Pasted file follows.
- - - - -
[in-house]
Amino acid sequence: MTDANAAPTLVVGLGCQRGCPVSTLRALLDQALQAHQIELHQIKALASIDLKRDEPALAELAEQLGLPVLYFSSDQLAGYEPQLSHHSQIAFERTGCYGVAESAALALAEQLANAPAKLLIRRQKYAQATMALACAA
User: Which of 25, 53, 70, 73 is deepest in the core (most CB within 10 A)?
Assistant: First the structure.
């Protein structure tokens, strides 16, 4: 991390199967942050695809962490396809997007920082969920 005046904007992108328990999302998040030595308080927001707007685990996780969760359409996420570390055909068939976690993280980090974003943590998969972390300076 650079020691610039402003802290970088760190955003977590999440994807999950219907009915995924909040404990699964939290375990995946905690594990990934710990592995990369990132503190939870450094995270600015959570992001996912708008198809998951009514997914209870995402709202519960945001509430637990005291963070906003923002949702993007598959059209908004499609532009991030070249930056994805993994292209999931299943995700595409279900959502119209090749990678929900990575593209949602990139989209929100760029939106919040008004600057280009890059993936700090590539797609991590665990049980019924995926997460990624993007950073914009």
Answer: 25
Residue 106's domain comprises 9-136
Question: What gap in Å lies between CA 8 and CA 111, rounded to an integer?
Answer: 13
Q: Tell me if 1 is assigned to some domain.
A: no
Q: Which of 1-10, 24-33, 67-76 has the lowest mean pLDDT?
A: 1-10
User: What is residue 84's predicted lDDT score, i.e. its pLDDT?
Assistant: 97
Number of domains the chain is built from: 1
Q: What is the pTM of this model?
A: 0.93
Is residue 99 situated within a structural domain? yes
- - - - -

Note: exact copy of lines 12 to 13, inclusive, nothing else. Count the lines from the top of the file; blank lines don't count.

Q: Which of 1-10, 24-33, 67-76 has the lowest mean pLDDT?
A: 1-10